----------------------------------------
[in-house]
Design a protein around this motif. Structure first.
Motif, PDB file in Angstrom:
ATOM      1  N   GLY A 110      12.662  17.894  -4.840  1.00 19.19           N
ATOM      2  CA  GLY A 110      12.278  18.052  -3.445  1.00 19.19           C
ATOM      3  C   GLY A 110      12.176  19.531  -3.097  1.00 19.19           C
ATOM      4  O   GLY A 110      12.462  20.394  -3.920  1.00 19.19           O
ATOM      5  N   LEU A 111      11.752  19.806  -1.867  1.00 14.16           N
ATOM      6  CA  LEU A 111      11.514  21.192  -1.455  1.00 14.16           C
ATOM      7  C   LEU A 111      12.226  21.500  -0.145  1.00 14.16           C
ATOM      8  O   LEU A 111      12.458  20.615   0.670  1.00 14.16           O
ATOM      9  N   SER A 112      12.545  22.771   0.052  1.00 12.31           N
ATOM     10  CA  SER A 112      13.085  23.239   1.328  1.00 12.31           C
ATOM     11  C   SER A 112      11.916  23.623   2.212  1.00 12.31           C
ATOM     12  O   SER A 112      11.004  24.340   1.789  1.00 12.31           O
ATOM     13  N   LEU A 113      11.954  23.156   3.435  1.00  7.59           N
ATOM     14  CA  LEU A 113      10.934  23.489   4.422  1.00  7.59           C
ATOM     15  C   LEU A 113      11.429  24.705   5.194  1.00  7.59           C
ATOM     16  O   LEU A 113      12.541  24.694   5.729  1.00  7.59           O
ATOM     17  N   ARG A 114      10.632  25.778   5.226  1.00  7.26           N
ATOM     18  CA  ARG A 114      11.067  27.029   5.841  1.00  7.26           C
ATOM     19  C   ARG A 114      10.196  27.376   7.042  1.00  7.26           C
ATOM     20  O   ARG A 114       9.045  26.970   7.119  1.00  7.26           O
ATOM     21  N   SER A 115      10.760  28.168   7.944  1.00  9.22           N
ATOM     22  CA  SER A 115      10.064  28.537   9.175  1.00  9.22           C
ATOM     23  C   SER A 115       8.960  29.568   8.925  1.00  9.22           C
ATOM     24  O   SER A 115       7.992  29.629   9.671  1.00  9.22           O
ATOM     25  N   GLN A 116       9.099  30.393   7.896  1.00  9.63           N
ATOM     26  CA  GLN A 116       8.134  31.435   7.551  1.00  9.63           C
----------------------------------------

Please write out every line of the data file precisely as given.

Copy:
[in-house]
Design a protein around this motif. Structure first.
Motif, PDB file in Angstrom:
ATOM      1  N   GLY A 110      12.662  17.894  -4.840  1.00 19.19           N
ATOM      2  CA  GLY A 110      12.278  18.052  -3.445  1.00 19.19           C
ATOM      3  C   GLY A 110      12.176  19.531  -3.097  1.00 19.19           C
ATOM      4  O   GLY A 110      12.462  20.394  -3.920  1.00 19.19           O
ATOM      5  N   LEU A 111      11.752  19.806  -1.867  1.00 14.16           N
ATOM      6  CA  LEU A 111      11.514  21.192  -1.455  1.00 14.16           C
ATOM      7  C   LEU A 111      12.226  21.500  -0.145  1.00 14.16           C
ATOM      8  O   LEU A 111      12.458  20.615   0.670  1.00 14.16           O
ATOM      9  N   SER A 112      12.545  22.771   0.052  1.00 12.31           N
ATOM     10  CA  SER A 112      13.085  23.239   1.328  1.00 12.31           C
ATOM     11  C   SER A 112      11.916  23.623   2.212  1.00 12.31           C
ATOM     12  O   SER A 112      11.004  24.340   1.789  1.00 12.31           O
ATOM     13  N   LEU A 113      11.954  23.156   3.435  1.00  7.59           N
ATOM     14  CA  LEU A 113      10.934  23.489   4.422  1.00  7.59           C
ATOM     15  C   LEU A 113      11.429  24.705   5.194  1.00  7.59           C
ATOM     16  O   LEU A 113      12.541  24.694   5.729  1.00  7.59           O
ATOM     17  N   ARG A 114      10.632  25.778   5.226  1.00  7.26           N
ATOM     18  CA  ARG A 114      11.067  27.029   5.841  1.00  7.26           C
ATOM     19  C   ARG A 114      10.196  27.376   7.042  1.00  7.26           C
ATOM     20  O   ARG A 114       9.045  26.970   7.119  1.00  7.26           O
ATOM     21  N   SER A 115      10.760  28.168   7.944  1.00  9.22           N
ATOM     22  CA  SER A 115      10.064  28.537   9.175  1.00  9.22           C
ATOM     23  C   SER A 115       8.960  29.568   8.925  1.00  9.22           C
ATOM     24  O   SER A 115       7.992  29.629   9.671  1.00  9.22           O
ATOM     25  N   GLN A 116       9.099  30.393   7.896  1.00  9.63           N
ATOM     26  CA  GLN A 116       8.134  31.435   7.551  1.00  9.63           C